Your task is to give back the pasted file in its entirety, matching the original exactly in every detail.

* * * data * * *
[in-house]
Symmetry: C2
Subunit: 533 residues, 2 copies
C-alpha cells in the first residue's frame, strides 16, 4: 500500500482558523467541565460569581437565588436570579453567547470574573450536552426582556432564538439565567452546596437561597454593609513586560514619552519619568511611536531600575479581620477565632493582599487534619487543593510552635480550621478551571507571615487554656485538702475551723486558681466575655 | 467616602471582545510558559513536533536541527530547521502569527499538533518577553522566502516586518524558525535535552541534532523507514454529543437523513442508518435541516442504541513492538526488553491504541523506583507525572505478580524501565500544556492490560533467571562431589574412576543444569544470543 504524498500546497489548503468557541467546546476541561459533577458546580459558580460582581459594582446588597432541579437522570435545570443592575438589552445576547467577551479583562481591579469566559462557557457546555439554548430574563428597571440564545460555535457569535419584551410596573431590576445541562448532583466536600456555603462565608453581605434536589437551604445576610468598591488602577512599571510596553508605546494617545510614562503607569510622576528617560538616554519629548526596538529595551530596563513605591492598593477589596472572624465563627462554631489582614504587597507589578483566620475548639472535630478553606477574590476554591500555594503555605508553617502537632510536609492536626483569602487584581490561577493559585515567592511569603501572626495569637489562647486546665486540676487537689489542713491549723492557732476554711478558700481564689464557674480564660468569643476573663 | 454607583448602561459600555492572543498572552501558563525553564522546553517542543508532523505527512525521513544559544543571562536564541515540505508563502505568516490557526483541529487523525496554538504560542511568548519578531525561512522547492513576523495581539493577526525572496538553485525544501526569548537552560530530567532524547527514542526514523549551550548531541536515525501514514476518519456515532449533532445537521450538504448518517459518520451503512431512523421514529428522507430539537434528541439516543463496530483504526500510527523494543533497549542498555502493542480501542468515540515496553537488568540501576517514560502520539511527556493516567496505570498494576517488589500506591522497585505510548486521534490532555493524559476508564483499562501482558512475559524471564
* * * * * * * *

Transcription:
[in-house]
Symmetry: C2
Subunit: 533 residues, 2 copies
C-alpha cells in the first residue's frame, strides 16, 4: 500500500482558523467541565460569581437565588436570579453567547470574573450536552426582556432564538439565567452546596437561597454593609513586560514619552519619568511611536531600575479581620477565632493582599487534619487543593510552635480550621478551571507571615487554656485538702475551723486558681466575655 | 467616602471582545510558559513536533536541527530547521502569527499538533518577553522566502516586518524558525535535552541534532523507514454529543437523513442508518435541516442504541513492538526488553491504541523506583507525572505478580524501565500544556492490560533467571562431589574412576543444569544470543 504524498500546497489548503468557541467546546476541561459533577458546580459558580460582581459594582446588597432541579437522570435545570443592575438589552445576547467577551479583562481591579469566559462557557457546555439554548430574563428597571440564545460555535457569535419584551410596573431590576445541562448532583466536600456555603462565608453581605434536589437551604445576610468598591488602577512599571510596553508605546494617545510614562503607569510622576528617560538616554519629548526596538529595551530596563513605591492598593477589596472572624465563627462554631489582614504587597507589578483566620475548639472535630478553606477574590476554591500555594503555605508553617502537632510536609492536626483569602487584581490561577493559585515567592511569603501572626495569637489562647486546665486540676487537689489542713491549723492557732476554711478558700481564689464557674480564660468569643476573663 | 454607583448602561459600555492572543498572552501558563525553564522546553517542543508532523505527512525521513544559544543571562536564541515540505508563502505568516490557526483541529487523525496554538504560542511568548519578531525561512522547492513576523495581539493577526525572496538553485525544501526569548537552560530530567532524547527514542526514523549551550548531541536515525501514514476518519456515532449533532445537521450538504448518517459518520451503512431512523421514529428522507430539537434528541439516543463496530483504526500510527523494543533497549542498555502493542480501542468515540515496553537488568540501576517514560502520539511527556493516567496505570498494576517488589500506591522497585505510548486521534490532555493524559476508564483499562501482558512475559524471564